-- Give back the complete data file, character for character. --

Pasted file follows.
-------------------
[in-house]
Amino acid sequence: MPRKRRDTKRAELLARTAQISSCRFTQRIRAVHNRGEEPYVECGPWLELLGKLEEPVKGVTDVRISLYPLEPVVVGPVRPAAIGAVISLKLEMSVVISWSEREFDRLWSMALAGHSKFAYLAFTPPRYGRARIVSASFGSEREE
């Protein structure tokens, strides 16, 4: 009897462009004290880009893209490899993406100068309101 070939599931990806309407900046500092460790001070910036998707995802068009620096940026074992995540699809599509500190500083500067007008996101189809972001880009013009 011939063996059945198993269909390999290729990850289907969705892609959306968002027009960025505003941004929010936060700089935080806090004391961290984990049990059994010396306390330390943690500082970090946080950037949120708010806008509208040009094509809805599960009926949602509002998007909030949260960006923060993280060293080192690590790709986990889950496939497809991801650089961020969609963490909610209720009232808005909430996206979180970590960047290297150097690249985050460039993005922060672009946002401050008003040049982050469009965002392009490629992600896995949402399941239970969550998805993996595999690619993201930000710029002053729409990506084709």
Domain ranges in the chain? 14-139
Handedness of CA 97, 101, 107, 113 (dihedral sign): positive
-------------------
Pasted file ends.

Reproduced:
[in-house]
Amino acid sequence: MPRKRRDTKRAELLARTAQISSCRFTQRIRAVHNRGEEPYVECGPWLELLGKLEEPVKGVTDVRISLYPLEPVVVGPVRPAAIGAVISLKLEMSVVISWSEREFDRLWSMALAGHSKFAYLAFTPPRYGRARIVSASFGSEREE
């Protein structure tokens, strides 16, 4: 009897462009004290880009893209490899993406100068309101 070939599931990806309407900046500092460790001070910036998707995802068009620096940026074992995540699809599509500190500083500067007008996101189809972001880009013009 011939063996059945198993269909390999290729990850289907969705892609959306968002027009960025505003941004929010936060700089935080806090004391961290984990049990059994010396306390330390943690500082970090946080950037949120708010806008509208040009094509809805599960009926949602509002998007909030949260960006923060993280060293080192690590790709986990889950496939497809991801650089961020969609963490909610209720009232808005909430996206979180970590960047290297150097690249985050460039993005922060672009946002401050008003040049982050469009965002392009490629992600896995949402399941239970969550998805993996595999690619993201930000710029002053729409990506084709």
Domain ranges in the chain? 14-139
Handedness of CA 97, 101, 107, 113 (dihedral sign): positive